Why do you feel needy sometimes?

You feel needy because your own brain doesn’t believe you.

Your brain sees what you want. It also sees what you don’t want. And it genuinely expects that you’re going to keep getting what you don’t want. It doesn’t believe that you’re going to get what you want.

Your brain believes that your efforts to get what you want will ultimately provide inadequate. It believes that you’re going to fail.

So you feel needy when this happens. That’s actually a good signal, but you have to interpret – and act on it – correctly.

You can solve the problem of neediness today. You absolutely don’t have to wallow there.

Your brain is just being honest with you. That isn’t a problem per se. It’s just honest feedback, so take it as such. When you feel needy, accept that your brain is telling you that your current plans, behaviors, and actions aren’t going to work. They’re too weak or too misguided to succeed.

Despite this feedback coming from your own brain, don’t take it personally. This doesn’t mean that you’re weak. This doesn’t mean that you aren’t good enough as a human being. But it does mean that your current approach sucks and that you’re going to have to change it.

From Neediness to Abundance

In any area of life where you feel needy, ask yourself this key question:

What would it take to objectively create measurable and observable abundance in this particular area, so it would be really difficult to feel any further neediness?

Also ask:

What would it take to solve the neediness problem for life, permanently?

If you need sales in business, and customers are flooding you with purchases, it’s pretty hard to feel needy for more sales. So one priority in business is to get really good at generating sales consistently, so there’s no longer any neediness in that area.

If you need toilet paper and buy some at Costco, you’re likely to feel pretty secure about having more than enough for a while. When that sort of neediness is no longer present, you can focus on other parts of life.

Show your brain a true solution, and it will very likely stop generating feelings of neediness – if it also believes that you’re really going to implement that solution.

So to overcome neediness, you must show your brain the following:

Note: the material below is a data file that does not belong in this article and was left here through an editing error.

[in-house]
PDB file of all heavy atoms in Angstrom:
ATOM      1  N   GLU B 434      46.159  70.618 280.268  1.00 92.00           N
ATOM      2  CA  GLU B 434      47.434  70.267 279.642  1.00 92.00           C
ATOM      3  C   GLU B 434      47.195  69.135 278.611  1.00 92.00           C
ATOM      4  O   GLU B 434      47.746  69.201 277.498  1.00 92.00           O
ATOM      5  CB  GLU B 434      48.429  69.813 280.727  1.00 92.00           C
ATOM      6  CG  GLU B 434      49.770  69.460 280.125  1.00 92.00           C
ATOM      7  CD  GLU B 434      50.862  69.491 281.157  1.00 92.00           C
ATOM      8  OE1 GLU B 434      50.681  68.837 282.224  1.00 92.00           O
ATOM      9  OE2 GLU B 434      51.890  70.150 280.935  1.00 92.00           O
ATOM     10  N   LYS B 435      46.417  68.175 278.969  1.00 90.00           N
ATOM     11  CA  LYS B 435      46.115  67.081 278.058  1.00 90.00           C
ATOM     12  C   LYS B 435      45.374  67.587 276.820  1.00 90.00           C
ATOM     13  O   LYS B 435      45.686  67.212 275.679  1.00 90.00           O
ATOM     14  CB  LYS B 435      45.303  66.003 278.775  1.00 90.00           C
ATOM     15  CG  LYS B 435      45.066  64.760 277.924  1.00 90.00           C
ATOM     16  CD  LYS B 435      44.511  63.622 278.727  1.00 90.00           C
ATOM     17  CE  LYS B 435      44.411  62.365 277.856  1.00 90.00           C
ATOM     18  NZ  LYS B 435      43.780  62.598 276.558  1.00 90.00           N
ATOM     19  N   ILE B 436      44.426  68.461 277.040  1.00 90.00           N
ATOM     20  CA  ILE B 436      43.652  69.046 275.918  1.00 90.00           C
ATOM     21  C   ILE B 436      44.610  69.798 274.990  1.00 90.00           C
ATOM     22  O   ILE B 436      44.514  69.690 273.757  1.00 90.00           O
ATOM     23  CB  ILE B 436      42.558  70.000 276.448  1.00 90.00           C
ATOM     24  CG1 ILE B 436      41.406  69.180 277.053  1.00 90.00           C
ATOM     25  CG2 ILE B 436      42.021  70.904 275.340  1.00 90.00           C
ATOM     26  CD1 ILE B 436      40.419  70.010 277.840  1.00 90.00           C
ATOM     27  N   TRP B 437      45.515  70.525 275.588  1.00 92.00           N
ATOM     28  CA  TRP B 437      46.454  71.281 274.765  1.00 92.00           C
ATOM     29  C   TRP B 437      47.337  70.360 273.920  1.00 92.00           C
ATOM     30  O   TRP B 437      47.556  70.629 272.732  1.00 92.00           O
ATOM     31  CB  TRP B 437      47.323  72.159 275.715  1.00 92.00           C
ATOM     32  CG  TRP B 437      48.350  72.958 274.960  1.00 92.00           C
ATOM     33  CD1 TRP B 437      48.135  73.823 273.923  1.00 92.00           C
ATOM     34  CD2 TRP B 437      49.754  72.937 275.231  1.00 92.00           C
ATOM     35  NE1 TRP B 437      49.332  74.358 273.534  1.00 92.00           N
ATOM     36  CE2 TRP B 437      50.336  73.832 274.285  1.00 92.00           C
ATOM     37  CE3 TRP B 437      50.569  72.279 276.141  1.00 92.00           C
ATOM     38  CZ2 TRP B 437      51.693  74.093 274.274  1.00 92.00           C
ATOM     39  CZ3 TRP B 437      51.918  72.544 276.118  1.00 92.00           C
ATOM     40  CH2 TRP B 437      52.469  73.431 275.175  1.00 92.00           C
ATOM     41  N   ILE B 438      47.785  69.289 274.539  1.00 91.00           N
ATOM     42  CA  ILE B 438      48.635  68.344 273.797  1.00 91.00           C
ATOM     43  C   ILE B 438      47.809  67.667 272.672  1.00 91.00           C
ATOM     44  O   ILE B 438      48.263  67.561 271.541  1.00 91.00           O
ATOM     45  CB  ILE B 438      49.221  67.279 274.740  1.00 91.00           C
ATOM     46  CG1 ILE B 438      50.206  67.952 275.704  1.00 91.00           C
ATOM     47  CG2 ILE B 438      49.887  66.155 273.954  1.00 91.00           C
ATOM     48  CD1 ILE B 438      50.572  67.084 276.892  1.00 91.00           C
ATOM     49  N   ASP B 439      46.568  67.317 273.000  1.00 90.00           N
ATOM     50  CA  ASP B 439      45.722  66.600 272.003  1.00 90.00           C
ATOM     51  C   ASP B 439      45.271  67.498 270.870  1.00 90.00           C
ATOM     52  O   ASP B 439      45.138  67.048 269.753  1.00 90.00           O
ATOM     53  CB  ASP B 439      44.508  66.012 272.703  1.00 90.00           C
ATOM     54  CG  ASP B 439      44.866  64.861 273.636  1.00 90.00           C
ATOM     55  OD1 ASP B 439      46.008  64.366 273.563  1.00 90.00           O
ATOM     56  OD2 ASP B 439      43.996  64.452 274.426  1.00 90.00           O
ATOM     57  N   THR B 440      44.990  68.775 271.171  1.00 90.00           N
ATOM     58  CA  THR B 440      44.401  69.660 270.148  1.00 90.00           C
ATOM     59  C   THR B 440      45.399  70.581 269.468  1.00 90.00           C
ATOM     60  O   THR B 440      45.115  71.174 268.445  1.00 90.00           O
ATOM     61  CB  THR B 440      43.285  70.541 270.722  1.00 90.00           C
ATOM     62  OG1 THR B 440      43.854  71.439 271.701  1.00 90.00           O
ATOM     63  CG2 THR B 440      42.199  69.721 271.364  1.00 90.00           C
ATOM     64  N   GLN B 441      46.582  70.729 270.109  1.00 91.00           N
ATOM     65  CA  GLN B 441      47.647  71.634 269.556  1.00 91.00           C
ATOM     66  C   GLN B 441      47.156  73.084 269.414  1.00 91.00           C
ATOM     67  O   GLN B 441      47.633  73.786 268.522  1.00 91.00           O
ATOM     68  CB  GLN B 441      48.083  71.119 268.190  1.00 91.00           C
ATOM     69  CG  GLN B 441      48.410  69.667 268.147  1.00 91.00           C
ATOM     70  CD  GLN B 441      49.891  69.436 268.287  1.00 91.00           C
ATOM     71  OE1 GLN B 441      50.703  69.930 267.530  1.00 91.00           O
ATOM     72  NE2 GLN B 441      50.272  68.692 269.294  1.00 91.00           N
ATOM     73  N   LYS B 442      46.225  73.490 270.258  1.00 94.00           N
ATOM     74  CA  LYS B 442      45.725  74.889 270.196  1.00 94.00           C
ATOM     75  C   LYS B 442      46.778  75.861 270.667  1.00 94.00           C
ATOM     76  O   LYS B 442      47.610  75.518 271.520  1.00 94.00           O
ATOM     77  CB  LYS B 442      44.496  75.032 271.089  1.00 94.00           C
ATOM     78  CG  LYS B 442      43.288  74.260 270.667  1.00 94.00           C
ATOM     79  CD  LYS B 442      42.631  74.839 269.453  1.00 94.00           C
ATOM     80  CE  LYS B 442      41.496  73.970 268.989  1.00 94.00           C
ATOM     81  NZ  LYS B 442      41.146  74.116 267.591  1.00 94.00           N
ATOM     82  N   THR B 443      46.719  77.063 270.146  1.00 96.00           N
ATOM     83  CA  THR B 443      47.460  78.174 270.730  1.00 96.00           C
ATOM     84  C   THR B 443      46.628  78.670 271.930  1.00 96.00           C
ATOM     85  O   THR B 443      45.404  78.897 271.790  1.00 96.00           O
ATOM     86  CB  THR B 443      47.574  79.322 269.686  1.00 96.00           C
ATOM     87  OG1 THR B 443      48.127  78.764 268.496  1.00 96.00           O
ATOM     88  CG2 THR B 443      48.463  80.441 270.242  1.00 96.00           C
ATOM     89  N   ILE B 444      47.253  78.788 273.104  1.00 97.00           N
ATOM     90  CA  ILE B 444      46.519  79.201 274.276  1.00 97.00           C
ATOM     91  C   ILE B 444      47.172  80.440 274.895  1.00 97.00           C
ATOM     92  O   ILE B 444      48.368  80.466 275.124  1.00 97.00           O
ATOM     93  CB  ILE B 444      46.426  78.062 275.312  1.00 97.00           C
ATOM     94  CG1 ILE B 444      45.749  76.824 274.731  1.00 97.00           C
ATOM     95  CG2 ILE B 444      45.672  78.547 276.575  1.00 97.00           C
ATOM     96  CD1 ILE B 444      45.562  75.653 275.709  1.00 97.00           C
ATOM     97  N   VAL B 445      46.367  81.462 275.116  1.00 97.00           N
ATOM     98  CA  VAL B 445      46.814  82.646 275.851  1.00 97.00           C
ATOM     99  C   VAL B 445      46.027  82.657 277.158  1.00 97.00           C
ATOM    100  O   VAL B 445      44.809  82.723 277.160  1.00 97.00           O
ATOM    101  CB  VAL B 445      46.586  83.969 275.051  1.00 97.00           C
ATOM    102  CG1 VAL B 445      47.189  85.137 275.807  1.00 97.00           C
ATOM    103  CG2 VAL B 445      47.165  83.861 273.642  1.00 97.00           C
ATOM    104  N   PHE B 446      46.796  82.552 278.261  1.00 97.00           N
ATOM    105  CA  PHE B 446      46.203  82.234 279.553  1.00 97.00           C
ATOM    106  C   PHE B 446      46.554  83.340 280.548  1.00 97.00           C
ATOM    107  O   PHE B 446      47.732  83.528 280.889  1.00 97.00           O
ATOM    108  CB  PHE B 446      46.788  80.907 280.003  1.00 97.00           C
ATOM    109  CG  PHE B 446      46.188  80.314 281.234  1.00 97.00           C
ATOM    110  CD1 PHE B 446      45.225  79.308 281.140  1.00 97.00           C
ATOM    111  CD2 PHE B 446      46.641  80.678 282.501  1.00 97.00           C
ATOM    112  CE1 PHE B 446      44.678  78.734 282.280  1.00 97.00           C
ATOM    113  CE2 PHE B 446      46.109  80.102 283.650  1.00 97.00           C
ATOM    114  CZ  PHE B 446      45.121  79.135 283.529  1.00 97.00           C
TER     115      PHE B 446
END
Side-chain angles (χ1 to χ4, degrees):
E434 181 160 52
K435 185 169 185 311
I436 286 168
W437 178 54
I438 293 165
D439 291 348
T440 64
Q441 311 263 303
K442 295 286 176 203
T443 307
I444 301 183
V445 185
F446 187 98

1. A practical solution that looks solid and workable, even if it may take a long time
  2. True evidence that you’re seriously committed to actually solving the neediness problem, even if your initial plan doesn’t work

If you could only pick one, the second item is more important than the first. While a plan can be good and convincing, what matters more for overcoming neediness is the personal commitment to create and experience abundance in that area of life. You have to convince your own brain that you’re absolutely going for the gold and that you’ll never give up.

If you convince your brain that you’re going to give up at some point, you can expect to feel pretty damned needy.

Recognize that replacing neediness with abundance is a long-term problem that deserves a thoughtful, long-term solution. Otherwise it will probably still be in your life decade after decade. Whatever neediness you’re dealing with in your 20s will still be haunting you in your 30s, 40s, 50s, 60s, and beyond. Problems of neediness usually don’t just go away. You will drag them forward year after year. Your brain knows this, and it’s trying to warn you NOT to do this.

It’s wise to see just how nasty long-term neediness can be, so you’ll frame the stakes as worthy of a long-term commitment to create a real solution, even if it requires a five-year investment or longer.

Solve the Problem for Life

Just reaching the point of making a real decision regarding your level of commitment to REALLY solve the problem for life is transformational. That alone is usually enough to significantly reduce or eliminate the neediness.

Consider this: What really makes you feel needy is that you aren’t committed to doing WHATEVER IT TAKES to create abundance in that particular area.

Your brain knows when you aren’t committed. And it can predict long-term failure and lack when there’s no clear evidence that you’re actually going to do what’s necessary to solve the problem once and for all. So it’s going to generate some negative feelings to communicate that you don’t have a real solution yet.

Your brain is doing you a great service here. It’s trying to grab your attention, so you’ll prioritize solving this problem and prevent a lifetime of regret.

As soon as you truly make a firm and solid commitment to a new course of action that has a decent chance of long-term success, your brain can finally be satisfied that you’ll eventually get there. It can start predicting success, and so it will very likely start generating some positive emotions. You won’t feel neediness anymore. Instead you’ll feel confident, motivated, excited, curious, and other empowering emotions.

Stop disappointing your own brain with your egregious lack of commitment. Your brain isn’t fooled by your half-assed efforts. It can see plain as day that you’re going to fall short.

What About Intentions?

Are mere intentions enough? Ask your brain. It will tell you when it believes that you’re doing enough and when you’re just practicing wishful thinking and deluding yourself.

If your goal is basic enough that just holding some positive intentions will create abundance, you’ll feel great just holding those intentions. Maybe your brain has seen enough evidence that this approach works for you, and it can predict success when you apply it under certain conditions.

But if your brain isn’t convinced, you can hold those cutesy intentions all you want, and much of the time you’ll still feel anxious, worried, and needy because your brain doesn’t believe that the power of intention alone will be enough.